Sen. John McCain's confusing questioning of former FBI Director James Comey

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Sen. John McCain (left) says his sometimes confusing line of questions to fired FBI Director James Comey was aimed at getting Comey to say whether he believes President Donald Trump had obstructed justice. (Source: 3TV/CBS 5) Sen. John McCain (left) says his sometimes confusing line of questions to fired FBI Director James Comey was aimed at getting Comey to say whether he believes President Donald Trump had obstructed justice. (Source: 3TV/CBS 5)
(Source: AP Photo) (Source: AP Photo)
(Source: 3TV/CBS 5) (Source: 3TV/CBS 5)
PHOENIX (3TV/CBS 5) -

Bizarre.

Confusing.

Strange.

Those are some of the words used to describe Sen. John McCain's questioning Thursday of former FBI Director James B. Comey during a highly anticipated Senate Intelligence Committee hearing.

[RELATED: Comey says he was fired because of Russia investigation]

While much of the buildup to this dramatic congressional hearing was centered Comey's personal interactions with President Donald Trump, McCain focused on the FBI's investigation into Hillary Clinton's use of a private email server.

After more than two hours of testimony from Comey, McCain was the last senator to question the former FBI director and at times appeared unfocused and confused.

[WATCH: McCain questions Comey]

McCain pressed Comey on how the FBI could complete its investigation into Clinton while a separate probe into potential ties between the Trump campaign and Russians still remains open.

In response to that line of questioning, Comey said, "I'm a little confused, Senator, with respect to Secretary Clinton. We investigated a criminal investigation in connection with her use of a personal email server."

Perhaps the most confusing moment came when McCain referred "President Comey."

The 80-year-old Arizona Republican's performance during the widely-watched Comey hearing lit up social media sites, where many observers posted their confusion or criticism. 

Of the 3.6 million Tweets sent during the hearing, "Sen. McCain questions Comey" was the most mentioned, according to @TwitterData.

Following the hearing, McCain issued a statement suggesting that we was tired. 

“I get the sense from Twitter that my line of questioning today went over people’s heads. Maybe going forward I shouldn’t stay up late watching the Diamondbacks night games."

McCain says his sometimes confusing line of questions was aimed at getting Comey to say whether he believes President Donald Trump had obstructed justice.

“What I was trying to get at was whether Mr. Comey believes that any of his interactions with the President rise to the level of obstruction of justice. In the case of Secretary Clinton’s emails, Mr. Comey was willing to step beyond his role as an investigator and state his belief about what ‘no reasonable prosecutor’ would conclude about the evidence. I wanted Mr. Comey to apply the same approach to the key question surrounding his interactions with President Trump—whether or not the President’s conduct constitutes obstruction of justice. While I missed an opportunity in today’s hearing, I still believe this question is important, and I intend to submit it in writing to Mr. Comey for the record.” 

Comey has refused to give an opinion on the obstruction question, saying that's special counsel Robert Mueller's job.


[PDF: Comey's Statement for the Record]

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The Associated Press contributed to this report.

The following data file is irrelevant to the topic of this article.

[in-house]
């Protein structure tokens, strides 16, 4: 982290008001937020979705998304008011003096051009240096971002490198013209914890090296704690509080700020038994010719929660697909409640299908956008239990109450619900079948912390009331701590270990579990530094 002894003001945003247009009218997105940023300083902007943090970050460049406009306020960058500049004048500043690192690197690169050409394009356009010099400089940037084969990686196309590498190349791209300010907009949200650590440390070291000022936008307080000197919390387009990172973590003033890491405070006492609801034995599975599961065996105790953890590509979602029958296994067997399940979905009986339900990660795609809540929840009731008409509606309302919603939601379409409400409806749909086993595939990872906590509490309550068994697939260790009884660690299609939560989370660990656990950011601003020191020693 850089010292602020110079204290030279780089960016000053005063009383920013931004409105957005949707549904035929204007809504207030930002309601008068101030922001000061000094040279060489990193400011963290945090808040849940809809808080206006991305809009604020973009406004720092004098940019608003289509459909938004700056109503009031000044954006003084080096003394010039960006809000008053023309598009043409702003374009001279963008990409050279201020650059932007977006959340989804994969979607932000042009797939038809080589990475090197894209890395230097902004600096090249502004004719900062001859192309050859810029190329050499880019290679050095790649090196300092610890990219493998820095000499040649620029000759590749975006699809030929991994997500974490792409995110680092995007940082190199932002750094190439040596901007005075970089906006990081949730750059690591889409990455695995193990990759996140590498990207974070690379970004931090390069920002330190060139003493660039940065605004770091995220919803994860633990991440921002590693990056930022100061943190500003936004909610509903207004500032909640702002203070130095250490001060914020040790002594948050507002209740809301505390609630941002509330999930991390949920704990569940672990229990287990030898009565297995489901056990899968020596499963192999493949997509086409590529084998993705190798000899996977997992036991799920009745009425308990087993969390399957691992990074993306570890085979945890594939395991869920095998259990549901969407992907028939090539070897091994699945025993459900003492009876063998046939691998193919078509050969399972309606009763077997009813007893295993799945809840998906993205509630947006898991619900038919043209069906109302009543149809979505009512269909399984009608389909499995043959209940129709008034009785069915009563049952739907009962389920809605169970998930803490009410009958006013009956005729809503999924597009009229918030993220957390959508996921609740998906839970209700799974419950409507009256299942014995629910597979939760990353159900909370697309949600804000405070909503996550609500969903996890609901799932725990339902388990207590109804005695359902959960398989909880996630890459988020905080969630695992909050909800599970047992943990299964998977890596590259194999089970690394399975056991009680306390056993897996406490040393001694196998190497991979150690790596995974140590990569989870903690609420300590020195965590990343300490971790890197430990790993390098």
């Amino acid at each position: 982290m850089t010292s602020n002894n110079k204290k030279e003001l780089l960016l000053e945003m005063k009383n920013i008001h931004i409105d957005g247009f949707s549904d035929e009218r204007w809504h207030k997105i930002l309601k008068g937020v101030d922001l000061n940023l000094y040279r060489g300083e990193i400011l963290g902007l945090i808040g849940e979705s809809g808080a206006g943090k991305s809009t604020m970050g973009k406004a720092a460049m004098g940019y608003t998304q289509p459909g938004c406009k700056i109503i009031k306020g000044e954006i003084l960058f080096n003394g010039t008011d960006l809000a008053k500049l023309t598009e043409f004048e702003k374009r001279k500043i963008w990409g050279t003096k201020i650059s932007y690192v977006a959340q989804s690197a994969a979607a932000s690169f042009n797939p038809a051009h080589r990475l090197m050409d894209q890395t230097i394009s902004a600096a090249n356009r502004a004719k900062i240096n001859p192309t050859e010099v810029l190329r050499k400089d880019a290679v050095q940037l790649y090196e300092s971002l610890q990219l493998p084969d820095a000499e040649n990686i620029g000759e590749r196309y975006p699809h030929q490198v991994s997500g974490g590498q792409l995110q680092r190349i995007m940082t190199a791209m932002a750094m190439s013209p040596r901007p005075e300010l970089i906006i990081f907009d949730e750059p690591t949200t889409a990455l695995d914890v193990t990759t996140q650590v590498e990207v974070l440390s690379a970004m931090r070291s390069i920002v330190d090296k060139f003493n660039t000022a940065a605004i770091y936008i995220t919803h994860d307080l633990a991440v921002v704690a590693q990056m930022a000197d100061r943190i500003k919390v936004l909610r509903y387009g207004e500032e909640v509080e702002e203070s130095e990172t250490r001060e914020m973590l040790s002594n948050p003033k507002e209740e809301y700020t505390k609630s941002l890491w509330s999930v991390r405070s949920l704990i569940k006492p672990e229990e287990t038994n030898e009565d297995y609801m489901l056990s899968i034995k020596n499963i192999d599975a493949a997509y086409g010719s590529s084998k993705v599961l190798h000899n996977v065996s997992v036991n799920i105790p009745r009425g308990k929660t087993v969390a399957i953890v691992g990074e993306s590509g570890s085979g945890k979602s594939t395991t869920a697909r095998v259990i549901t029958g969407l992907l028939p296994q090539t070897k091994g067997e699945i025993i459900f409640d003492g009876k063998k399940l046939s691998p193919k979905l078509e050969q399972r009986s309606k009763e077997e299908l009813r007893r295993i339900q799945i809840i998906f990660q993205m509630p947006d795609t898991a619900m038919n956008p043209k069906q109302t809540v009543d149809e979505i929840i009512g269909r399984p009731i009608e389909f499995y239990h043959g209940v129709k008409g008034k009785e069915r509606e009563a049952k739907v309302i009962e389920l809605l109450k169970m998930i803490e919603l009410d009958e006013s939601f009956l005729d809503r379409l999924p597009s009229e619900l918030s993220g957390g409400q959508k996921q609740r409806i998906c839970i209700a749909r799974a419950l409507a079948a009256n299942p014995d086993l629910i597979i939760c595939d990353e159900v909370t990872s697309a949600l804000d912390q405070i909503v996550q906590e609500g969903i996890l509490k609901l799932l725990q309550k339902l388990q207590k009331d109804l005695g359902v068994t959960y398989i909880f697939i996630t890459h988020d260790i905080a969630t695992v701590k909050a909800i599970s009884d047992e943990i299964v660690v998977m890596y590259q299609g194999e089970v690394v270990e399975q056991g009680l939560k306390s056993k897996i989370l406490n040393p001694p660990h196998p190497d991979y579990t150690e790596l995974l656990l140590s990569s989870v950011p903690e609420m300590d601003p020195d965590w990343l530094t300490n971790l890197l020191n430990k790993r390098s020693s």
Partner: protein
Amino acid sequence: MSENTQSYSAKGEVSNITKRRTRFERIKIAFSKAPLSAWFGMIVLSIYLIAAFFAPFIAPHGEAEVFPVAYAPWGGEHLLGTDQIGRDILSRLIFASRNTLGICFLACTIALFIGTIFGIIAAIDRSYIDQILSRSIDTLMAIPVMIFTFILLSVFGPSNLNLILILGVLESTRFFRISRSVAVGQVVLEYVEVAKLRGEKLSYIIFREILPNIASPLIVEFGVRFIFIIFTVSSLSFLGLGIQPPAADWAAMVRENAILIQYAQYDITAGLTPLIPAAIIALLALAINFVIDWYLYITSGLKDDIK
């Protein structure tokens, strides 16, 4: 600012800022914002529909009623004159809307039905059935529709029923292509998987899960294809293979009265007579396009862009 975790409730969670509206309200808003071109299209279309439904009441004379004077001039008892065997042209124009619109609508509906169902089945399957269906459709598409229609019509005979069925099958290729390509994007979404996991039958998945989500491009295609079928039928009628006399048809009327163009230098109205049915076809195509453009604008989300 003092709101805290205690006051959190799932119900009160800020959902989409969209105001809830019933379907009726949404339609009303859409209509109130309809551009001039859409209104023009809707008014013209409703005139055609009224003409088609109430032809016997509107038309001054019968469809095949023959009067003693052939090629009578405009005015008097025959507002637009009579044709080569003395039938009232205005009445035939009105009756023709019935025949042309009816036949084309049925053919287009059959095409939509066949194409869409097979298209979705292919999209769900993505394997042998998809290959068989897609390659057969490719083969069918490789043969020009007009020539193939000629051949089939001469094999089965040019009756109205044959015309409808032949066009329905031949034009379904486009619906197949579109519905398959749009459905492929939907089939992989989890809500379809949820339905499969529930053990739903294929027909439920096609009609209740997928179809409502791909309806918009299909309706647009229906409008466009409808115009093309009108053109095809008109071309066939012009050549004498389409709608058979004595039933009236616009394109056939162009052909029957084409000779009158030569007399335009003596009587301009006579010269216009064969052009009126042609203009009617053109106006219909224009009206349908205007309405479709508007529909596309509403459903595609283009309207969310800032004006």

Copyright 2017 KPHO/KTVK (KPHO Broadcasting Corporation). All rights reserved.


Dennis WlechVeteran political reporter Dennis Welch is a well-respected political expert in Arizona.

Dennis Welch
Political Editor

Before making the move to television, Welch wrote and edited for the Arizona Guardian, a highly influential online news site dedicated to Arizona politics and government where he served as owner and editor. During his Guardian days, Welch was a frequent guest on “Politics Unplugged” and has been a regular fixture on the state political landscape since 2005 appearing on numerous radio and television talk shows. “I am thrilled to start working with such a talented and dedicated staff of journalists,” said Welch. “This is a great opportunity to broaden the reach of my political coverage and tell stories that affect Arizona voters and their families.” With more than 13 years of experience under his belt, Welch’s arrival only strengthens 3TV’s commitment to providing first-rate political and government coverage across all platforms. When not covering politics, Welch is an avid runner and fronts a punk rock band that plays frequently throughout the Southwest and California. Welch is a well-respected political expert in Arizona and his addition means 3TV will provide a stronger, more robust political presence in Arizona. He joins 3TV from the Arizona Guardian, a highly influential online news site dedicated to Arizona politics and government where he served as owner and editor. During his Guardian days, Welch was a frequent guest on “Politics Unplugged” and has been a regular fixture on the state political landscape since 2005 appearing on numerous radio and television talk shows. “I am thrilled to start working with such a talented and dedicated staff of journalists,” said Welch. “This is a great opportunity to broaden the reach of my political coverage and tell stories that affect Arizona voters and their families.” With more than 13 years of experience under his belt, Welch’s arrival only strengthens 3TV’s commitment to providing first-rate political and government coverage across all platforms. When not covering politics, Welch is an avid runner and fronts a punk rock band that plays frequently throughout the Southwest and California.

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